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Mild Recession in 2024 Possible, Costello Says

But Trucking Has Already Had Its Downturn and Wouldn’t See Much Impact

ATA Chief Economist Bob Costello

ATA Chief Economist Bob Costello companies in the spot rate market may face tough times ahead. (John Sommers II for Transport Topics)

AUSTIN, Texas — American Trucking Associations Chief Economist Bob Costello said the U.S. economy still runs the risk of sliding into a short recession in 2024.

The cautionary note is the result of the delayed reaction from the Federal Reserve’s aggressive increases in interest rates to slow what was a rapid run-up in inflation due to the COVID-19 pandemic and the stimulation of the economy in 2021 and 2022.

Speaking at ATA’s annual Management Conference & Exhibition, Costello said he believes a recession would be relatively mild and that the trucking industry would likely not feel the impact of a contracting economy. That’s because the freight sector already has endured its own downturn in late 2022 and throughout 2023 as consumers shifted from purchasing goods to a more balanced spending pattern of buying goods and services.

“The economy, so far, has avoided a recession,” Costello said. “But understand it takes a full nine months for one rate increase to completely cycle through the economy. So, many of those rate increases that they’ve done since March of 2022, we haven’t seen the impact of them. We still may get a recession here, but it will impact the services side more than the goods side, because we have already been hammered.”

Costello said that in 2021, during the peak of the pandemic, spending on goods increased by 12.2% annually, but it has dropped to a 2% annual increase this year. He anticipates 2024 and 2025 will see an annual 1.3% increase in both years.

Costello said many trucking companies that purchased expensive, often used equipment at top dollar during the pandemic to keep up with the surge of freight on the spot contract market may be in serious jeopardy next year. Rates in the spot sector have plunged and those companies may owe tens of thousands of dollars on their trucks. Much of the freight has shifted exclusively to contracts, leaving these companies without enough freight.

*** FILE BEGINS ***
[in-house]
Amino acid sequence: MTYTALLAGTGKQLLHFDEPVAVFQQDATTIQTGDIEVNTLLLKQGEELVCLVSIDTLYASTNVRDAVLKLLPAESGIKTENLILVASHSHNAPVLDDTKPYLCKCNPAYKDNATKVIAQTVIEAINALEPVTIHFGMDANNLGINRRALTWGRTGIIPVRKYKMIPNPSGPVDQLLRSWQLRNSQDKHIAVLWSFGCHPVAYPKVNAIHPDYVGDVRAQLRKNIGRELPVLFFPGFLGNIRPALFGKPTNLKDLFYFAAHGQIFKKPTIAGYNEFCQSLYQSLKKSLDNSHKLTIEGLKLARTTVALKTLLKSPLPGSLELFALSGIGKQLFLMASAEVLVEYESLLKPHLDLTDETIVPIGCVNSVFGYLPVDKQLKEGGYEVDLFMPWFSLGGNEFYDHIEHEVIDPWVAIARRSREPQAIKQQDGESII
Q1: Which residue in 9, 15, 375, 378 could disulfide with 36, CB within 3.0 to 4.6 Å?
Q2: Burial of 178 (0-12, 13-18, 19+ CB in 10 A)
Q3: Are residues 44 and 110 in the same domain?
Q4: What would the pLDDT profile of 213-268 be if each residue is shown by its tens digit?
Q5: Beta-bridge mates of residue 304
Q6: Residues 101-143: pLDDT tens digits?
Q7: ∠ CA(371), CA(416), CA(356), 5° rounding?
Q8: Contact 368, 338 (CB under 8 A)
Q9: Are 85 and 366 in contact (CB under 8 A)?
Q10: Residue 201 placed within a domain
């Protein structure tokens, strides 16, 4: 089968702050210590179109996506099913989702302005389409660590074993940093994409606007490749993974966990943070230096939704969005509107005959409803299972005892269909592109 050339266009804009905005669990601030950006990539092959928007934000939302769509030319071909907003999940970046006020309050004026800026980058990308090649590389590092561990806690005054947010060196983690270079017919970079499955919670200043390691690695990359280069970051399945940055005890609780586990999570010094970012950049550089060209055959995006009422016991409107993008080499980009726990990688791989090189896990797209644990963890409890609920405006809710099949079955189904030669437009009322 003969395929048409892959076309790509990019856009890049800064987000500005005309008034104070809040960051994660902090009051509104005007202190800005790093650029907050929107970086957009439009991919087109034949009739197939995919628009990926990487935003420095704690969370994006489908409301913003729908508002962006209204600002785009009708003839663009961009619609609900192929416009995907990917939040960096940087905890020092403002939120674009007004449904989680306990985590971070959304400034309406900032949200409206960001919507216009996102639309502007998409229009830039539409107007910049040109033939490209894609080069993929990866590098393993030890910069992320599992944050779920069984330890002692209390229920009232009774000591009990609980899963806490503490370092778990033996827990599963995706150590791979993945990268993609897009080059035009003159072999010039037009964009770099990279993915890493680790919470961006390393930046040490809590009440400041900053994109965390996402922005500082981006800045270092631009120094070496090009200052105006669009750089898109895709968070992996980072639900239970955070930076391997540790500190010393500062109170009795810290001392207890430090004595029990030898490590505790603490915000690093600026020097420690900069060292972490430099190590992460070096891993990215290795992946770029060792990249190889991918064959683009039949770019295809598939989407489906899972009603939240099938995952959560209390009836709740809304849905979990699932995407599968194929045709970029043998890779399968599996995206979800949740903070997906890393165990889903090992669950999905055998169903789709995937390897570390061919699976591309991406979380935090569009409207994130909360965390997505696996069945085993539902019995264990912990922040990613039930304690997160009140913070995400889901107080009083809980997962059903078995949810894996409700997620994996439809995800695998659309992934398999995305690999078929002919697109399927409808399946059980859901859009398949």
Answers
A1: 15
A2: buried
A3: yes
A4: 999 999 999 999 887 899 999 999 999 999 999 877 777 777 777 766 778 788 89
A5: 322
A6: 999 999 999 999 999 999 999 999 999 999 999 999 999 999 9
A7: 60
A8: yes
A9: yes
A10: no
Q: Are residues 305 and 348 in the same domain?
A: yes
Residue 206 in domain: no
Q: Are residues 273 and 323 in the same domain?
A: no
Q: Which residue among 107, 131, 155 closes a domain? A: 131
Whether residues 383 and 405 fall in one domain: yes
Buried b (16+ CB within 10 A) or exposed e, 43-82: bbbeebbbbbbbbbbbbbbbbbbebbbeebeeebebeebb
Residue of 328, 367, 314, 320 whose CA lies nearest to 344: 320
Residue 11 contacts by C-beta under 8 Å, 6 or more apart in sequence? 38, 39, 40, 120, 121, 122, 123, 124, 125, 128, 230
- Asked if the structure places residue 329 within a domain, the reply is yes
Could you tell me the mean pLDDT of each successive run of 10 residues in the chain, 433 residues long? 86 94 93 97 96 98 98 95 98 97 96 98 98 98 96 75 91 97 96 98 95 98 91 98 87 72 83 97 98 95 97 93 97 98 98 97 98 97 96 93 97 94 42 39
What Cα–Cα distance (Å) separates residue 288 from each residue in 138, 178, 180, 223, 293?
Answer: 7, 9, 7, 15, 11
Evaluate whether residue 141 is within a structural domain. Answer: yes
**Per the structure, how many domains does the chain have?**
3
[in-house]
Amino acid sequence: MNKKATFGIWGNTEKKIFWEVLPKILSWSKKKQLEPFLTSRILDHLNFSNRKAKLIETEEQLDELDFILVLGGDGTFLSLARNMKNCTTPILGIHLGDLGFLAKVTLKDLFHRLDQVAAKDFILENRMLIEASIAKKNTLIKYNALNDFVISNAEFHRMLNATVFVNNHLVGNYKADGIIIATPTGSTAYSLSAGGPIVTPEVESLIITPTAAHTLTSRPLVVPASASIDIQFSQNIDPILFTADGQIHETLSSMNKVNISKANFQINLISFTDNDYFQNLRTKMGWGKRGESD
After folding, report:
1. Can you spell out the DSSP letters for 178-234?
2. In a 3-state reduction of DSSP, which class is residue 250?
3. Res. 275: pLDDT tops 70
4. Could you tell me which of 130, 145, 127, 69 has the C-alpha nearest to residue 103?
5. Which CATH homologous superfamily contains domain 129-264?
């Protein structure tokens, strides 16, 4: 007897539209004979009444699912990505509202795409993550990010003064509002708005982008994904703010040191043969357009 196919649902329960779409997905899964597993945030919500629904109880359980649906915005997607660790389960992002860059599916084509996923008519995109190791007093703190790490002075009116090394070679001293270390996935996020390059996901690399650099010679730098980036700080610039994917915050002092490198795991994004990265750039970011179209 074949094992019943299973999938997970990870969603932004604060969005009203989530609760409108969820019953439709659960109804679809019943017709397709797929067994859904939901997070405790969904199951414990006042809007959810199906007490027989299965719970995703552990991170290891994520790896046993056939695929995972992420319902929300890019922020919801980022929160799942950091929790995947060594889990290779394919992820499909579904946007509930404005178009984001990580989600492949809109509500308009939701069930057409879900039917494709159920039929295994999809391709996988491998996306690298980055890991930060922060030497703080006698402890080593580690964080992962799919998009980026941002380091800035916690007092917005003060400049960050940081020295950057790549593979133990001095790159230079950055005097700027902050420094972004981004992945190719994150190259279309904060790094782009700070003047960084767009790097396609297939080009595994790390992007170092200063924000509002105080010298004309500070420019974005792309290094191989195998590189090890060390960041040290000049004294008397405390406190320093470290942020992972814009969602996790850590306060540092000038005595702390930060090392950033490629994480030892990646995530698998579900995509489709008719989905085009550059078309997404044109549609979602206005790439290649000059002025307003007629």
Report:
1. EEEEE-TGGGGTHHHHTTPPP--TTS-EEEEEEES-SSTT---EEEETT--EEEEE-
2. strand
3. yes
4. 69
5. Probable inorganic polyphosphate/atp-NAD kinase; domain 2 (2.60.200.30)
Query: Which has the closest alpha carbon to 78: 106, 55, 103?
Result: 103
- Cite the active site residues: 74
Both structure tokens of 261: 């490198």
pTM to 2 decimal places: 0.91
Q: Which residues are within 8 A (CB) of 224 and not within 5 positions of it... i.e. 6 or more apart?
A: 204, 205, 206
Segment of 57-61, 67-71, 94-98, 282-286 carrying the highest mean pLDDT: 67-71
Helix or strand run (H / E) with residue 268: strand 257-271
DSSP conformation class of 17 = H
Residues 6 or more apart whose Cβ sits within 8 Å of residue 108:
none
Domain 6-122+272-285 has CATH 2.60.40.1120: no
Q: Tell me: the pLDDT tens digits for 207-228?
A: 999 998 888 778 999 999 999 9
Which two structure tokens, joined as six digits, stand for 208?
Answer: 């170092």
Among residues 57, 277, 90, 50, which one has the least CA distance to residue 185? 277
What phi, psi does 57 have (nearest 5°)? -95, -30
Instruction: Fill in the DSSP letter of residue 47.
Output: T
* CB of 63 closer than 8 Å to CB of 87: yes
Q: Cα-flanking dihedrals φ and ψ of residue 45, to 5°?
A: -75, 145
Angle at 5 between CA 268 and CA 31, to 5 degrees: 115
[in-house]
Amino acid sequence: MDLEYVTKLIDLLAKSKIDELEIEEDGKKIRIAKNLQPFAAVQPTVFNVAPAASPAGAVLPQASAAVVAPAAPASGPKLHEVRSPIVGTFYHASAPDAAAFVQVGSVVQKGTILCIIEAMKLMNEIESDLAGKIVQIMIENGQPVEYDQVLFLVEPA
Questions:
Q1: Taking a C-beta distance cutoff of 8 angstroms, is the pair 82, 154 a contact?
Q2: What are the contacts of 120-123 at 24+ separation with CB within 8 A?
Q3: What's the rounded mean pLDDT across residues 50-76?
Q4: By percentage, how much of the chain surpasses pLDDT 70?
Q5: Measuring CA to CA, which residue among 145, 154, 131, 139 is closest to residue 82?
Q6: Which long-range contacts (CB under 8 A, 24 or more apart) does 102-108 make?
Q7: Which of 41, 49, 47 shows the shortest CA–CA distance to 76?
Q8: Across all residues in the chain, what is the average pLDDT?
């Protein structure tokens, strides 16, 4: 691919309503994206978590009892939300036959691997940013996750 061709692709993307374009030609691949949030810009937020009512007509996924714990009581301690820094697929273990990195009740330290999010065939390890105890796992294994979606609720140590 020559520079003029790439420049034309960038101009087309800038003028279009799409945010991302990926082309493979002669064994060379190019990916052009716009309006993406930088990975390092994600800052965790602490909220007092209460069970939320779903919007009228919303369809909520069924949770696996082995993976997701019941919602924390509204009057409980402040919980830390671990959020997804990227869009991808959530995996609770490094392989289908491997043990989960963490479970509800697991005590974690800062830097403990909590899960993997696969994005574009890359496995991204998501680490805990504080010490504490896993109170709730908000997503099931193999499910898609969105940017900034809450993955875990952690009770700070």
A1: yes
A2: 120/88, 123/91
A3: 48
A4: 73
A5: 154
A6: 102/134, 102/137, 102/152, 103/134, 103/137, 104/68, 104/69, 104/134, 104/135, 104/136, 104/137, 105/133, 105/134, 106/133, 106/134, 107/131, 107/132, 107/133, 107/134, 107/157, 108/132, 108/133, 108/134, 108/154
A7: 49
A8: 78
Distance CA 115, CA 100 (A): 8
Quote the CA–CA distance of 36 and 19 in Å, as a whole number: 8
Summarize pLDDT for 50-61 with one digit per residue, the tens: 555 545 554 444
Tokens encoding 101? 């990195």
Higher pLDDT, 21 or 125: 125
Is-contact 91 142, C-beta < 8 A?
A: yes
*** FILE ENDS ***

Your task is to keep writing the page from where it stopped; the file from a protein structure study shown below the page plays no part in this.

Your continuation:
“The people, fleets that bought that equipment, wow, that is a tough place to be. And this is leading to show you there will be more folks going out of business,” Costello said. “We know that there a bunch of fleets out there, that operate in the spot market that are under a lot of pressure, cost pressure as well as market pressure.”

He pointed out the cost of used equipment has fallen 40% since the peak in 2022, and spot market rates are down nearly 31% in that same time period. Contract truckload average rates per mile have dipped, but substantially less at 6.7% since 2022.

Costello said there are some bright spots in the economy that are beginning to become noteworthy, long-term trends that include North American trade with Mexico and Canada. Mexico has now surpassed China as the nation’s No. 1 trading partner, at an estimated $69 billion per month in May, compared with China’s $47 billion.

He said much of the change has to do with the increasing move by manufacturers to “nearshore” factories and plants closer to the U.S. It reflects years of declining relations with Beijing and the fact companies feel transportation costs will be significantly lower moving products from Mexico. He believes this will be good for the trucking industry, especially at critical entry points such as the U.S.-Mexico border crossing at Laredo, Texas.

“We have had two administrations, one Republican and one Democratic, that have pushed these policies and it is showing up. Mexico is continuing to do very well. I am very bullish on this relationship,” he said. “Canada is almost surpassing China now in terms of where we get our imports.”

Truck crossings between the U.S. and Mexico, Costello said, are up 3.3% year-over-over and crossings at Laredo are up more than 14% during the last 18 months.

“I think this is going to be the gift that keeps on giving, as we see more nearshoring and reshoring in the years ahead,” he added.

With regard to inflation, Costello said the Federal Reserve’s interest rate hikes are slowing the significant increases consumers were seeing at grocery stores, car dealerships and at the gas pump as year-over-year inflation has fallen from more than 9% annually to 3.7% now.

Costello said the Federal Reserve has recently moved away from a “hard” 2% target on inflation to a more flexible “average of 2% over the long run,” and that may give policymakers more latitude when it comes to trying to manage the overall economy and keeping prices on a downward trend.

“I think we are ultimately going to settle out at a higher level of inflation than we had been used to, somewhere between 2.5% and maybe more than 3%,” Costello said. That’s because in the last year wages across all sectors have seen annual increases ranging from 3.5% to more than 7%. That was the case in some recent union contracts, such for UPS, railroad workers and longshore workers. Bringing inflation down to 2%, he said, is not realistic, as wages increased at that level.

“No one expects these workers, including truck drivers, to give back their salary increases,” Costello added.

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